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HARRISBURG — The already fraught political fight over the coronavirus in Pennsylvania reached a fever pitch this week.
Democratic lawmakers in Pennsylvania voiced growing outrage Thursday after the belated revelation that one of their Republican colleagues had tested positive for the coronavirus. Allegations of a cover-up prompted calls for the top GOP House leader to resign and even a push for an official investigation, although that prospect was quickly shot down by the state’s top law enforcement official.
Lawmakers learned Wednesday that state Rep. Andrew Lewis (R., Dauphin) had tested positive a full week earlier, on May 20. Lewis said he immediately began self-isolating after receiving the test result, and that he informed House officials, who worked to identify anyone he may have exposed.
But while some Republican lawmakers have confirmed being notified of their potential exposure and self-isolating as a result, Democrats say they only learned of it from a reporter — despite their own daily proximity to Lewis.
The timing of the disclosure continued to fuel anger Thursday, both on the House floor and on social media, raising the stakes on an already fraught partisan split over how to responsibly legislate during the pandemic.
Rep. Kevin Boyle (D., Philadelphia) sent a letter late Wednesday to state Attorney General Josh Shapiro seeking an investigation into what he called a failure to notify lawmakers and staff of the positive test, as required under guidelines from the Centers for Disease Control and Prevention. Shapiro on Thursday said that he does not believe a criminal investigation is warranted, but called the allegations “disappointing.”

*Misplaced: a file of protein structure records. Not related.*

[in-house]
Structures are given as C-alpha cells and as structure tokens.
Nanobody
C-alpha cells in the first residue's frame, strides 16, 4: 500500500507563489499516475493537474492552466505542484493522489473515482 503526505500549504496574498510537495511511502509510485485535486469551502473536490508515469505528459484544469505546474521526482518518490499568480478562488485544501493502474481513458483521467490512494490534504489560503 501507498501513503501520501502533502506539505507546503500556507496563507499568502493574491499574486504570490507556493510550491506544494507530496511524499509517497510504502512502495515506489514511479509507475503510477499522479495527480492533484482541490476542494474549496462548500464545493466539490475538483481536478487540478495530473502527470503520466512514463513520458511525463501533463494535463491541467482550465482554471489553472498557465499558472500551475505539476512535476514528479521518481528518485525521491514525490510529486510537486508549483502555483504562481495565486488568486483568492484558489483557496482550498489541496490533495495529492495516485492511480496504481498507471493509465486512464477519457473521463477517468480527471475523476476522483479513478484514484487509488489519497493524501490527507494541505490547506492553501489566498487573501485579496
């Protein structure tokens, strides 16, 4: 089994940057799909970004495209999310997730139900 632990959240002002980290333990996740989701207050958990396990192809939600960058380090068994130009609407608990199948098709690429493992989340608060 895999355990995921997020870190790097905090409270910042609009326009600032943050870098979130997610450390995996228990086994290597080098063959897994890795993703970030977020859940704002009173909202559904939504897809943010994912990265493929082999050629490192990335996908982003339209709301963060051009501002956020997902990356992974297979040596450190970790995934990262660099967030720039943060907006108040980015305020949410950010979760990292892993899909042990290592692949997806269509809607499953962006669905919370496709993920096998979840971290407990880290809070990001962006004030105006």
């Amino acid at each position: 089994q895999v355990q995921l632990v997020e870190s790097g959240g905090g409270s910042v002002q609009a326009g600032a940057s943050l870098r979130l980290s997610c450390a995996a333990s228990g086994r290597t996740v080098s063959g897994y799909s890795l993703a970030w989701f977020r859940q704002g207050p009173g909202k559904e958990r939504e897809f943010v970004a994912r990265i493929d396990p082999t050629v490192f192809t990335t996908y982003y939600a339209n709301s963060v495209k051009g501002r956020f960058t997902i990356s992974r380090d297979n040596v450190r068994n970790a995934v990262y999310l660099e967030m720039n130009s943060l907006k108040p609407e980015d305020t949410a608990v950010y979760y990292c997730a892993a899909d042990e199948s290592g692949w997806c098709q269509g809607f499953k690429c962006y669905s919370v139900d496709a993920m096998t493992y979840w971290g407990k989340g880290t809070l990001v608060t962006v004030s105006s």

“It is critical that public officials lead by example and demonstrate common decency during this crisis by following public health guidelines and being transparent with their colleagues and the Department of Health,” Shapiro said.
I’m asking @JoshShapiroPA @PAAttorneyGen to investigate this lack of disclosure by House Republican leaders @RepTurzai & @RepBryanCutler of a #Covid_19 outbreak at the Pennsylvania Capitol. We should know if any criminal or ethical laws were broken. pic.twitter.com/G6XWFDAP0x— Rep. Kevin J. Boyle (@RepKevinBoyle) May 28, 2020
The legislature passed temporary rules in March allowing its members to vote remotely. In the House, the change allows lawmakers to submit votes to their respective party leaders. But those leaders and committee chairs still need to come to the Capitol to formally consider any legislation.
Many Republicans have opted to travel to the Capitol to vote in person, and a number of them have eschewed wearing face masks, following President Donald Trump in bucking guidance from public health officials. That includes state Rep. Russ Diamond (R., Lebanon), one of at least two House members who were notified they had to self-quarantine after Lewis tested positive for the virus.
Diamond was also among a handful of lawmakers who attended rallies on the steps of the state Capitol over the last two months, where hundreds of protesters, many standing shoulder to shoulder without wearing face masks, pushed for a swifter reopening of the state’s economy.
At least one other lawmaker was directed to self-quarantine after being exposed to Lewis: Rep. Frank Ryan, a Republican from Lebanon County.
Lefties whine because I self-quarantined but didn't get tested after possible COVID "contact." Confirmed by my doc: No reason for testing, even if I could get tested without symptoms. I feel like a million bucks! Well, $500k after lefties tax me.— Russ Diamond (@russdiamond) May 27, 2020